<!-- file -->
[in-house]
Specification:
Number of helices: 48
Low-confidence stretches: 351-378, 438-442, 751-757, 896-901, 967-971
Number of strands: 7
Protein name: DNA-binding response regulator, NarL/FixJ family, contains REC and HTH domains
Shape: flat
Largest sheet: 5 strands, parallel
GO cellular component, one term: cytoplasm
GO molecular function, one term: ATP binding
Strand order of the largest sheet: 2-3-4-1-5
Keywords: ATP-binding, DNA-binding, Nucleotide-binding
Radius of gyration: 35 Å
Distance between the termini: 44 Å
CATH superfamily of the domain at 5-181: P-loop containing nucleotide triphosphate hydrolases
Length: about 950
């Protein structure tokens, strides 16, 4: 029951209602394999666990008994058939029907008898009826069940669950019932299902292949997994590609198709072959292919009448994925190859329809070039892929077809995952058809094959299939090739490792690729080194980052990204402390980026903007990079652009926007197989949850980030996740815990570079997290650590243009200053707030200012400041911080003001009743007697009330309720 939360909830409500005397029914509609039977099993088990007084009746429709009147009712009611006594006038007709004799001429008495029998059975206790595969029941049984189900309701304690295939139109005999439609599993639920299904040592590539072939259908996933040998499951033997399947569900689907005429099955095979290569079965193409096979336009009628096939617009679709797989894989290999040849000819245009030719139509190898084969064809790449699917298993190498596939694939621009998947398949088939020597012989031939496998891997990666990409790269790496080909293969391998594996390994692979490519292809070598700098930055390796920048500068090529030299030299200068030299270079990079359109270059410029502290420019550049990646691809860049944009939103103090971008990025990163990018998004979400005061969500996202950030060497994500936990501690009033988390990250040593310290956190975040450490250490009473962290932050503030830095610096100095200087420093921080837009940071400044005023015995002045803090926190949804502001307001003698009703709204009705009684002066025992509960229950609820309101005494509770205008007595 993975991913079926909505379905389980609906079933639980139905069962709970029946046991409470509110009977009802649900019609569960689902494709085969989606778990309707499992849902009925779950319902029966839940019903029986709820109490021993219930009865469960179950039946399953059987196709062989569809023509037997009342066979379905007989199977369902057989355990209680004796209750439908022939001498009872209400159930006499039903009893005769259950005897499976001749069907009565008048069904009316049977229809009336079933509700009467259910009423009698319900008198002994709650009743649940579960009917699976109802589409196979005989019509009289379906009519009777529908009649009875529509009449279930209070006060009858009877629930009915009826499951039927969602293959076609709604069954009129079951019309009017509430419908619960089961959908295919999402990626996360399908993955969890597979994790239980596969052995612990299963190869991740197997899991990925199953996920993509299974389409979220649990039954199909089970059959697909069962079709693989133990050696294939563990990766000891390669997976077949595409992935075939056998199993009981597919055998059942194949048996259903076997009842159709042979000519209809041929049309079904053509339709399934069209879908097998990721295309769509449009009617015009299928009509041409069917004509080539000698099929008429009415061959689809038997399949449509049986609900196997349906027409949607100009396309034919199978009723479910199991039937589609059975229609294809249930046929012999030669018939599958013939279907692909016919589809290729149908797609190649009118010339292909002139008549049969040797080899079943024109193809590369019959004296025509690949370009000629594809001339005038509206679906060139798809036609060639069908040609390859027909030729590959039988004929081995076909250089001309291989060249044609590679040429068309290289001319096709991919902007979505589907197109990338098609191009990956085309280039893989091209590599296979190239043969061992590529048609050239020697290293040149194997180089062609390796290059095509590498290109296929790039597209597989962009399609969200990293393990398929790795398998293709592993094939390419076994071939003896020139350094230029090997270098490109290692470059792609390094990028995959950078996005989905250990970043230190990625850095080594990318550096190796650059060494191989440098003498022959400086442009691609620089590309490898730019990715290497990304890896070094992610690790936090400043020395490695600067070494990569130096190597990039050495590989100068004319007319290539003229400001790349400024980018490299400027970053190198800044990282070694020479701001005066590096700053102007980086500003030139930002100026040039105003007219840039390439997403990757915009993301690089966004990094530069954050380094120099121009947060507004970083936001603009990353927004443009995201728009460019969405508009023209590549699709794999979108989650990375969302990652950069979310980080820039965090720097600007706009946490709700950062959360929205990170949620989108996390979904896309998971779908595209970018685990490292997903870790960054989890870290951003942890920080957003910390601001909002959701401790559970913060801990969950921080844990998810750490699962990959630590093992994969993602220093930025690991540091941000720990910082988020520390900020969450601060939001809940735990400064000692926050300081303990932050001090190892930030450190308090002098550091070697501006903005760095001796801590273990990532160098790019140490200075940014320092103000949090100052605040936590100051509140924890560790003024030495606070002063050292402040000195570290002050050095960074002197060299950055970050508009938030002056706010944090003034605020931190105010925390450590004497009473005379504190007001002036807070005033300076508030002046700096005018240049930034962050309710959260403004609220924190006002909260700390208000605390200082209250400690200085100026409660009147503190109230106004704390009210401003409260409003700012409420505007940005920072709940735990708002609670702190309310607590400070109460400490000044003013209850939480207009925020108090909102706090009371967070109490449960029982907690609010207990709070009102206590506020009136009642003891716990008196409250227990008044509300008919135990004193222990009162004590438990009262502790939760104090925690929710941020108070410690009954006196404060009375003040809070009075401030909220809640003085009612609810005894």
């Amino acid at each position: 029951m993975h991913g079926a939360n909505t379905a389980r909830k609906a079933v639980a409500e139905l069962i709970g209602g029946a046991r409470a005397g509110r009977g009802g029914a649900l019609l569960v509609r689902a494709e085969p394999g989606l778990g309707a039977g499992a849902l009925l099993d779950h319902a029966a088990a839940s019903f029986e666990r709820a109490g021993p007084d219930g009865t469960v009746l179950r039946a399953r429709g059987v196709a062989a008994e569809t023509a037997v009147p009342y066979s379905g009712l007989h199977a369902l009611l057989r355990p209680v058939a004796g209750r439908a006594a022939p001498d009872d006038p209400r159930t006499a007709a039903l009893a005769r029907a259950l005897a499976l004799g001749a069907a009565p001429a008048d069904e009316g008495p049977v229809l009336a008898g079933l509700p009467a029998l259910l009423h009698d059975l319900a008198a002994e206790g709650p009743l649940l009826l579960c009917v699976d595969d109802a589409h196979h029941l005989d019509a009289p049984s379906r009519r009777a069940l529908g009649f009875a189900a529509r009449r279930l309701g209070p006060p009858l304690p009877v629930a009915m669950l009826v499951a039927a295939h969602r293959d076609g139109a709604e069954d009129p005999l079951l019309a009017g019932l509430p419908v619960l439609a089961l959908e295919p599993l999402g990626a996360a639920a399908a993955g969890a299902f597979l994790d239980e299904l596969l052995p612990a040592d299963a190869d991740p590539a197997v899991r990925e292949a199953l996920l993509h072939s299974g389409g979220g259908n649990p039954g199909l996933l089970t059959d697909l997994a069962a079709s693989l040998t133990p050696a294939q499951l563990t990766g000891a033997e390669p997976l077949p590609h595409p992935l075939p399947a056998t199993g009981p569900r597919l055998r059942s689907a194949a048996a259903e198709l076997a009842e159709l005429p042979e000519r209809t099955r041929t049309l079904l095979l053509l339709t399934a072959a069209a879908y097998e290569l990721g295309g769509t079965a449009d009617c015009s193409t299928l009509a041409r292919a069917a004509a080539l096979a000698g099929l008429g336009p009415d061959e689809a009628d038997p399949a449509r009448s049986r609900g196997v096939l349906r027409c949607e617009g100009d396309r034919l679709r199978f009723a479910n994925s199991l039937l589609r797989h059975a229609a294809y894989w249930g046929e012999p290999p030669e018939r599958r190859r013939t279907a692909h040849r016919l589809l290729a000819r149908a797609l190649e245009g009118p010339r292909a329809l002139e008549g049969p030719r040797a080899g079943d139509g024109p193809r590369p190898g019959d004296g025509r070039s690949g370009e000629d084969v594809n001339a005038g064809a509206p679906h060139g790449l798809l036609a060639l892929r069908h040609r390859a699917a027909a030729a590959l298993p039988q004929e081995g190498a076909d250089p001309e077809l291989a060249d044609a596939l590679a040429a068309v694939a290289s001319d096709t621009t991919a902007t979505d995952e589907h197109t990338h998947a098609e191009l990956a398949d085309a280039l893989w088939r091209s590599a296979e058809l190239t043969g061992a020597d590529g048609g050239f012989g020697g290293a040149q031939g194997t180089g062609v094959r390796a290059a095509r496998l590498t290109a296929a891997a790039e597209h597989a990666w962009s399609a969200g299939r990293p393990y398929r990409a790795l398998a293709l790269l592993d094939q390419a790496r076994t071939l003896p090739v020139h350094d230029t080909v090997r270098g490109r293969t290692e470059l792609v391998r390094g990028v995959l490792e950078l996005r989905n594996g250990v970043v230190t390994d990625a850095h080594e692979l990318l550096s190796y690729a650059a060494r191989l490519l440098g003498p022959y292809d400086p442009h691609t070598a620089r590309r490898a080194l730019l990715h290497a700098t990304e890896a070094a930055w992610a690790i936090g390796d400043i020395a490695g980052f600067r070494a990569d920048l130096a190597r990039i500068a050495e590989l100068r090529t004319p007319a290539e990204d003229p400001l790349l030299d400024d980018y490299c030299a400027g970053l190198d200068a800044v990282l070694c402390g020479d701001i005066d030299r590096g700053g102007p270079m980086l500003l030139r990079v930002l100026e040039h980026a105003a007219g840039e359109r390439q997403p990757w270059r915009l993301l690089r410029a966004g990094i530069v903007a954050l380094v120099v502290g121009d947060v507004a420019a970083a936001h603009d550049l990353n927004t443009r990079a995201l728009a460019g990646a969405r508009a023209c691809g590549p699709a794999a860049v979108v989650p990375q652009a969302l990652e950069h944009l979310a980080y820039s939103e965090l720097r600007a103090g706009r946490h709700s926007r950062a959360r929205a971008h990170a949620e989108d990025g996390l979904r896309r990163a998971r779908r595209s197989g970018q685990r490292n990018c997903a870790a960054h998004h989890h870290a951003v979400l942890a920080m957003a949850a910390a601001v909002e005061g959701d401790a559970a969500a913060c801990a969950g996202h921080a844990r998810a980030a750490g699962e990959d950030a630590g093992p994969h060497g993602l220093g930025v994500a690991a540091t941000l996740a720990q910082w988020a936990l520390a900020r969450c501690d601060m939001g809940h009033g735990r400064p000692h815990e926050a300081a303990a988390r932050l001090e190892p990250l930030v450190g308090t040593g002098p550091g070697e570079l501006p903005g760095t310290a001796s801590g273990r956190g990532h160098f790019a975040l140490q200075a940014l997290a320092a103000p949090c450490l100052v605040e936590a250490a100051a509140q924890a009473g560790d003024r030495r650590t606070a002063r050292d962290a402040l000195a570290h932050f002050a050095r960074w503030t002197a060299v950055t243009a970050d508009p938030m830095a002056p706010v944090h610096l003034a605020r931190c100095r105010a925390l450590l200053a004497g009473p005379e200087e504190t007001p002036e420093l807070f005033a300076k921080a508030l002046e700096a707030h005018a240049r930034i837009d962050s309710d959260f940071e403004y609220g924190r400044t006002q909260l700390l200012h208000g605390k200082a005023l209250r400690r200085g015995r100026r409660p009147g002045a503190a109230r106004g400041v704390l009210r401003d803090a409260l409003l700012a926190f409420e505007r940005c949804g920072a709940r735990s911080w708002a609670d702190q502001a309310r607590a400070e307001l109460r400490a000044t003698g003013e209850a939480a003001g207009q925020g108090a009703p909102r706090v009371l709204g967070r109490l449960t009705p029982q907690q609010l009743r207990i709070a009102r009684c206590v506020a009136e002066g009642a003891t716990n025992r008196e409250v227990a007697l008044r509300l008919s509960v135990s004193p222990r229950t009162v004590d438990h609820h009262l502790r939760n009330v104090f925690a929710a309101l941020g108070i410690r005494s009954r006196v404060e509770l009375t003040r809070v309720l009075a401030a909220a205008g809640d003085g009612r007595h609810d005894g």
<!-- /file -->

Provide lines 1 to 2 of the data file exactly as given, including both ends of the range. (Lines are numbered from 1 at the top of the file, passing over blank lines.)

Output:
[in-house]
Specification: